You don’t crouch.
After a countless “Tony Hawk” games involving playable characters like Darth Maul and Wolverine, the ability to grind the length of an entire rollercoaster and having enough air to invent tricks like the “720 double backflip kickflip stalefish, impossible,” you’d think the series’ newfound approach to realism would’ve brought about a few changes.
You don’t crouch.
When you hold “A,” you no longer get into a crouching position before you ollie, a fact that the other nine games realized was necessary to maintain any semblance of realism. This flaw speaks volumes about the rushed nature of “Tony Hawk: Proving Ground.” Sprinting to market to compete with other “realistic” skate sims like “Skate,” not only are there glitches and shoddy game play, but they also forgot to include little things like “fun” or “creativity” in the final product.
“Proving Ground” claims to be all about choice. Three choices, specifically – three career paths your skater can choose with three alternate endings to the game. You can find fame and glory as a pro, get street cred as a hardcore skater or create mind-blowing trick spots as a rigger. Each of these sounds great. Unfortunately, once you start playing them, it’s like having to decide between driving off a cliff, a bridge or the top of a parking garage.
Set in a very gray-looking Philadelphia, the level design is extensive, but it makes you wonder what happened to actual “levels.” Remember the Warehouse? Area 51? You knew each of these better than your own parents’ faces after playing “Tony Hawk Pro Skater” for 12 hours a day back when the series was good.
Now there’s something unnecessary called “a plot” which involves your skater meeting with other pro skaters who just happen to be in Philly and just happen to want to make you famous. All the conversations are roughly along the lines of, “Hey bro, sick set!” “Thanks bro!” “Bro, you should totally skate in my sick demo later.” “Whoa bro, that’d be sick!” The only sounds skaters need to be making in this game are the grunts and moans when they hit the base of a concrete fountain going 30 miles an hour.
“Proving Ground” believes it’s about creative freedom without actually giving gamers any more options than “rock, paper, scissors” does. The franchise is now caught in limbo between attempting to be realistic and trying to retain its original game play. The result is simply uninspired and borderline disastrous.
Wood + nails = skating genius: The most bizarre of the career paths is the “rigger.” Being a rigger is supposedly about creativity, setting up items that help you execute sick tricks. The result is a kind of in-game level editor, and not only is it incredibly tedious, but as an added bonus it’s also incredibly lame. When they throw things like this into the “Tony Hawk” franchise, you know they’re trying to be different just for the sake of being different – something that hasn’t worked since Mario strapped a water gun onto his back.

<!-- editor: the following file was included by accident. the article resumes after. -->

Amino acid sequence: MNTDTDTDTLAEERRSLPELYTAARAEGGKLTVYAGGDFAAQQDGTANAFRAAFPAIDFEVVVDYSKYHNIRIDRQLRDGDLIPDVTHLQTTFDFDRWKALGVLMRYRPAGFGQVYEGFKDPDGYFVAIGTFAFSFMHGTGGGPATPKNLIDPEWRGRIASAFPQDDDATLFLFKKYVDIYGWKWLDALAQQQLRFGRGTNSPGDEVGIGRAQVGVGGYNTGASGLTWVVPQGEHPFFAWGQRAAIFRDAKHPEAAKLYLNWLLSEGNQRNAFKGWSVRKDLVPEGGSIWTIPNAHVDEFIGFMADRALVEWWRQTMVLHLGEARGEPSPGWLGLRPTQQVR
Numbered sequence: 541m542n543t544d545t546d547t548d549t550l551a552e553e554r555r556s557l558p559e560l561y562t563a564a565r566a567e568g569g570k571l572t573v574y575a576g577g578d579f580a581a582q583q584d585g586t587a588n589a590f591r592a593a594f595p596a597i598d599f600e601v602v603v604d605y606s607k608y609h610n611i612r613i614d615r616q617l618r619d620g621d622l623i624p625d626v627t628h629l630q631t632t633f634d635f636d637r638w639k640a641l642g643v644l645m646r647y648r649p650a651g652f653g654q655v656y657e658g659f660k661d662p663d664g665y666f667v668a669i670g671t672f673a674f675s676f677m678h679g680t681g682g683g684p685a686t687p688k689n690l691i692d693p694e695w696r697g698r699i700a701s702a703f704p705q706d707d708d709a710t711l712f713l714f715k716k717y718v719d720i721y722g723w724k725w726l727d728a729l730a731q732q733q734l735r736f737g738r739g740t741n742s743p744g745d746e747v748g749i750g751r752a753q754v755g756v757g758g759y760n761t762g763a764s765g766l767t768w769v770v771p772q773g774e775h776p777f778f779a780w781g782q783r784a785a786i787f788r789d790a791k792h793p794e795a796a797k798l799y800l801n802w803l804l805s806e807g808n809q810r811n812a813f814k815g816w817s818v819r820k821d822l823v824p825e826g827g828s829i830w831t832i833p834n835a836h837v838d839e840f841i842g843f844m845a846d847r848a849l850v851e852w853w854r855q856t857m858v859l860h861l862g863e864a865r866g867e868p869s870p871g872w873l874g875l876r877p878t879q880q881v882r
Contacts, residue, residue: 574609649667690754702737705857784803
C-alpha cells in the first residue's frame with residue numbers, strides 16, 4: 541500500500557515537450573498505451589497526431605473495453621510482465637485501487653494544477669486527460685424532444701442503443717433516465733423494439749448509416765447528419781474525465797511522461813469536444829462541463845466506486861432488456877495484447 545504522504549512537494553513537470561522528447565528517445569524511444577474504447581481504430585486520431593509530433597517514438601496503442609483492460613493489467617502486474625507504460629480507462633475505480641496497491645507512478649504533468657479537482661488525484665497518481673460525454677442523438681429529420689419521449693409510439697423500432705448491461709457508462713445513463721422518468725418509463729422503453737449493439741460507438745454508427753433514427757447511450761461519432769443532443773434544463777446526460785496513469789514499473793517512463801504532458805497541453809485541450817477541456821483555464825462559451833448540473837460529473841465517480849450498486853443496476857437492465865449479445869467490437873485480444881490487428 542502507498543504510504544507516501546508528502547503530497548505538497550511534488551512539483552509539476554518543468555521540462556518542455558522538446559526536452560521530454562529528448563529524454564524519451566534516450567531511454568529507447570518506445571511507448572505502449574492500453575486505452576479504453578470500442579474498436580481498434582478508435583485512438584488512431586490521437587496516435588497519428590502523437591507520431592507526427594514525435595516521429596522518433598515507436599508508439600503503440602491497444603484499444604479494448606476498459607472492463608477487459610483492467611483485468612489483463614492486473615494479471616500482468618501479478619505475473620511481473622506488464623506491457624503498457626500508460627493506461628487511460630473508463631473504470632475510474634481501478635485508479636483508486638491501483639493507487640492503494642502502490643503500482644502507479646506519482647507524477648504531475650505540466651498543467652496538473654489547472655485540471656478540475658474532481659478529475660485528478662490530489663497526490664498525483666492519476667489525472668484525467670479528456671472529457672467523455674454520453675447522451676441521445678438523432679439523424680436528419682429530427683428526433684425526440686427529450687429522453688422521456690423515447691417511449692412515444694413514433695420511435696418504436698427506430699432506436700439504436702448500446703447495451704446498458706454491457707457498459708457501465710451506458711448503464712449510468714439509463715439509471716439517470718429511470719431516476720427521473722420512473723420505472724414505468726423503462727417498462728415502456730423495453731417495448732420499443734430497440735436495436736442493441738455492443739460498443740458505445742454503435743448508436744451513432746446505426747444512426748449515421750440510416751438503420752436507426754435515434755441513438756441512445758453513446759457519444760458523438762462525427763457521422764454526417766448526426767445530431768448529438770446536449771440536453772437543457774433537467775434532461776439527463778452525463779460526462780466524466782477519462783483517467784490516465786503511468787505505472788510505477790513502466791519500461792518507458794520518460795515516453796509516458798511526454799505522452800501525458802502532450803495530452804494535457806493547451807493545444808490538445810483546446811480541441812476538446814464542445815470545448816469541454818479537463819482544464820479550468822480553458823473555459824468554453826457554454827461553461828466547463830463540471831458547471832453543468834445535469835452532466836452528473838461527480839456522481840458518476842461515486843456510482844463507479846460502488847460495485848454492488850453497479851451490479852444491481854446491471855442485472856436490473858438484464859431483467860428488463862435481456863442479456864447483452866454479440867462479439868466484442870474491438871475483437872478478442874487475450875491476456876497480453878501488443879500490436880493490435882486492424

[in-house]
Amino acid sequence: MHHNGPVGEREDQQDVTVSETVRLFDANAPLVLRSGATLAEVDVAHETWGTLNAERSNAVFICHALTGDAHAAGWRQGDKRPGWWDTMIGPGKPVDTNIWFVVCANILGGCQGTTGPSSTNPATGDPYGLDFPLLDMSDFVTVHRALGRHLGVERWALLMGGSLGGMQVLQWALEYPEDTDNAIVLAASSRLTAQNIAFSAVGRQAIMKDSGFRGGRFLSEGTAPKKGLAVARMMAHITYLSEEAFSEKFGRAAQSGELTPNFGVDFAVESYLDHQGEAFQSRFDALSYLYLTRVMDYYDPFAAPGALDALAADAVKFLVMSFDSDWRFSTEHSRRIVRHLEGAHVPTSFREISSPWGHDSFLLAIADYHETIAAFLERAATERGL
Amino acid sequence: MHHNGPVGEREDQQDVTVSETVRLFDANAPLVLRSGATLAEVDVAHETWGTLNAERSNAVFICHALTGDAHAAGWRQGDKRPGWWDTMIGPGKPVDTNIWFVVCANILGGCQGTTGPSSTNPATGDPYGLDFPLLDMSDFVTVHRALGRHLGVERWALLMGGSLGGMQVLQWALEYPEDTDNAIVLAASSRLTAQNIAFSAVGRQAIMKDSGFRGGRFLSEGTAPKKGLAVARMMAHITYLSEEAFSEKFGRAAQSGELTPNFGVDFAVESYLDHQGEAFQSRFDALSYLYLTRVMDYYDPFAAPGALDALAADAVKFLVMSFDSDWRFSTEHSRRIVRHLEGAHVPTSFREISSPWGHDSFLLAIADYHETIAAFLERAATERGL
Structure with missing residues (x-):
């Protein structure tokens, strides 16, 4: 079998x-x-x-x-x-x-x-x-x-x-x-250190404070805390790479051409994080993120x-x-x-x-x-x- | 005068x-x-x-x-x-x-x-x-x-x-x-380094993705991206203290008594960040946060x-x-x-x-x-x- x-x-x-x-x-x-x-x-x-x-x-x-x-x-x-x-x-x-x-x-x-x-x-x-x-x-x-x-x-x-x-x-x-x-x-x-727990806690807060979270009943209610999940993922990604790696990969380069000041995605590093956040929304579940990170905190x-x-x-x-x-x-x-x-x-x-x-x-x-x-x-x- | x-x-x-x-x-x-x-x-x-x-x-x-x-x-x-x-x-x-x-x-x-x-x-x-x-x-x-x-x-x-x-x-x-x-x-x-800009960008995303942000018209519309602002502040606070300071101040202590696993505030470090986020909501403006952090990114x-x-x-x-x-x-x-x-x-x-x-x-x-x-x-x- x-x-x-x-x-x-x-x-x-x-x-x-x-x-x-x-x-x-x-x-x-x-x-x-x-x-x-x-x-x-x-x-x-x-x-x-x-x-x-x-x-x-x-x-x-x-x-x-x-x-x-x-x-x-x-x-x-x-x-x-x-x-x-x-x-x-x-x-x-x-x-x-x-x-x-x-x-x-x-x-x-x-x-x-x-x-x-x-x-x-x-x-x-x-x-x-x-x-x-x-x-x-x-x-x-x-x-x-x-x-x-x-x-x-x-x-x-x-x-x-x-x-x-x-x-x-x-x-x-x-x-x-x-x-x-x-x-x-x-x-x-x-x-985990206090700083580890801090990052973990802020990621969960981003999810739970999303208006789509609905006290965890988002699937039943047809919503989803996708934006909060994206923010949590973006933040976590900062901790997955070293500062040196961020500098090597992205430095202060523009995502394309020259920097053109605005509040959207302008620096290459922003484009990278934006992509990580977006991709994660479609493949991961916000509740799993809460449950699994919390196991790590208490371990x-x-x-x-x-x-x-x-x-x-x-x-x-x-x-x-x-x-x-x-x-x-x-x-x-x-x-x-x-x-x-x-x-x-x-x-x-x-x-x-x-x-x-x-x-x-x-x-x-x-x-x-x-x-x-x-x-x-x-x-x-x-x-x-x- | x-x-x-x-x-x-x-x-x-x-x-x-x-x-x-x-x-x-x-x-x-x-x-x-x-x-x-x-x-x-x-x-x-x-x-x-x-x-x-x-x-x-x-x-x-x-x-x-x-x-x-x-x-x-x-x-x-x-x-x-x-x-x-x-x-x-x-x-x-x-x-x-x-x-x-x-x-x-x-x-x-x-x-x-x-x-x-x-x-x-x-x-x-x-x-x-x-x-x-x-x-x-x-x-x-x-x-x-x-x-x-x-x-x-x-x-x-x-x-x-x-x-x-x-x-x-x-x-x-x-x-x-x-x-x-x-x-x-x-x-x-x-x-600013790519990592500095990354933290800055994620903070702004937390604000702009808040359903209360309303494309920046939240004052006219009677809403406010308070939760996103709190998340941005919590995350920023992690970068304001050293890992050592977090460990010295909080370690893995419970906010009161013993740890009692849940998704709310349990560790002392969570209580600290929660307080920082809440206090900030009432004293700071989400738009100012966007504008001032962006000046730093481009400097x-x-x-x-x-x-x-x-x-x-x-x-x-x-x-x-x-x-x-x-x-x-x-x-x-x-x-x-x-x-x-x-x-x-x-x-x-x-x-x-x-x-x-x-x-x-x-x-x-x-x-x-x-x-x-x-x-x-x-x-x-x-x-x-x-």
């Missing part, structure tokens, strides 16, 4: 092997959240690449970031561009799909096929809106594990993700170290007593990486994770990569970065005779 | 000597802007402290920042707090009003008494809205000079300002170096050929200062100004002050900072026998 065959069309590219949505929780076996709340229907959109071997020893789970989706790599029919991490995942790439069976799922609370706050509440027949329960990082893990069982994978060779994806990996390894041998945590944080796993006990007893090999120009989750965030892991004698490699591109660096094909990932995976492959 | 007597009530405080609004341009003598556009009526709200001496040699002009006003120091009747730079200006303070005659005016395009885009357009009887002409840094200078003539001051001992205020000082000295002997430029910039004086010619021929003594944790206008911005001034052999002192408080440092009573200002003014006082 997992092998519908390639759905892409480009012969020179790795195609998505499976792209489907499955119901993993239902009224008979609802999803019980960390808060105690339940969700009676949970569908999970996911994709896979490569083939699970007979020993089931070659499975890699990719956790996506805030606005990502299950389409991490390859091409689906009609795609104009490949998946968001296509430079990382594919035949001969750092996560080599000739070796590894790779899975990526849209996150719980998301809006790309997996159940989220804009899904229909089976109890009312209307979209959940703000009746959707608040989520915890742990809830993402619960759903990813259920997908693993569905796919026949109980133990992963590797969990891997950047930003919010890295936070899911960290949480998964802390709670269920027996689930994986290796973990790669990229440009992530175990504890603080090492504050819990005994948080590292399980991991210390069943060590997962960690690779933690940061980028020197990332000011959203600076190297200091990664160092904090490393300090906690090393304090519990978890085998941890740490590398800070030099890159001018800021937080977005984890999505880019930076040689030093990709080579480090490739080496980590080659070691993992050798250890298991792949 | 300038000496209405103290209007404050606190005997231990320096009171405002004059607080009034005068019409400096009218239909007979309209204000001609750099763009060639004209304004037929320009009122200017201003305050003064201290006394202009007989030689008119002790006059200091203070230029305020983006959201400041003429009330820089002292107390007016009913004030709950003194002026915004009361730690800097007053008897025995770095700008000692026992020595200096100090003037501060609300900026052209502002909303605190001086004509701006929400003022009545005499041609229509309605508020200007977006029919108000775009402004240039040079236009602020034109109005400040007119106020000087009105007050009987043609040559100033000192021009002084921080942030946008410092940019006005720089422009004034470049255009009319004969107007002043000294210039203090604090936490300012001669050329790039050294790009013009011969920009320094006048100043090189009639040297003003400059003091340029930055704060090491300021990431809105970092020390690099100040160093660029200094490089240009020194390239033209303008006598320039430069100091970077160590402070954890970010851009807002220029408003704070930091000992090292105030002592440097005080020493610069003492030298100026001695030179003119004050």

Sk8 or die!!1: Yes, one of the career options is to be a “hardcore” skater. This consists of making superhuman leaps over large concrete abysses and learning moves with names like “aggro kick,” which make you go faster and gives you the ability to body check pedestrians, because that’s what being hardcore is all about! No cameras, no lights, no glory, just skating, and I guess fighting. And stupidity, don’t forget stupidity.
Mo’ money, mo’ problems: The only “career path” that anyone will actually choose involves getting sponsored and becoming famous, which has been the theme of the last four “Tony Hawk” games. But unlike previous games with simple goals like “Get 500,000 points in two minutes for the gold,” now each competition makes you do a specific series of events (“double heelflip the table then 5-0 grind the rail”) in order to impress the judges and get the crowd “amped.” Any freedom or creativity is completely removed, and you’ll wonder how they screwed up a great series this much.
Make me beautiful: Except for the fact that Tony Hawk himself looks like a zombie with a heartbreaking addiction to crystal meth, the rest of the game looks stunning. Although Philly is kind of a mundane place to set the game, the buildings, landscapes and characters models are miles above any previous game in the series. Unfortunately, this is the only bright spot in a sea of toxic waste.
Freedom isn’t free: When you first boot up the game the following options appear: Career Mode, 2 Player and “Guitar Hero III” Demo (the best part of “Proving Ground” by the way). Notice anything missing? Yeah, it’s called free skate, and it’s been in every “Tony Hawk” game since the beginning of time. No longer however, as you have to go through at least 20 minutes of tutorials in career mode before they finally let you roam around the city. The game includes actual lines of dialogue that say, “Sometimes you just skate to skate, man” yet somehow doesn’t feel the need to listen to its own rhetoric.
A natural disaster: “Proving Ground” is without a doubt the worst Tony Hawk game ever created. It’s only logical that after three or four good games, the 73rd in the series would get a bit stale. Sure, it’s bigger, looks better and has a “plot,” but that doesn’t make it fun. I miss the days of Spiderman grabbing the board with his web or grinding around the rim of a flying saucer. “Tony Hawk” should leave the realism to games like “Skate,” and keep the ridiculousness that always made it great.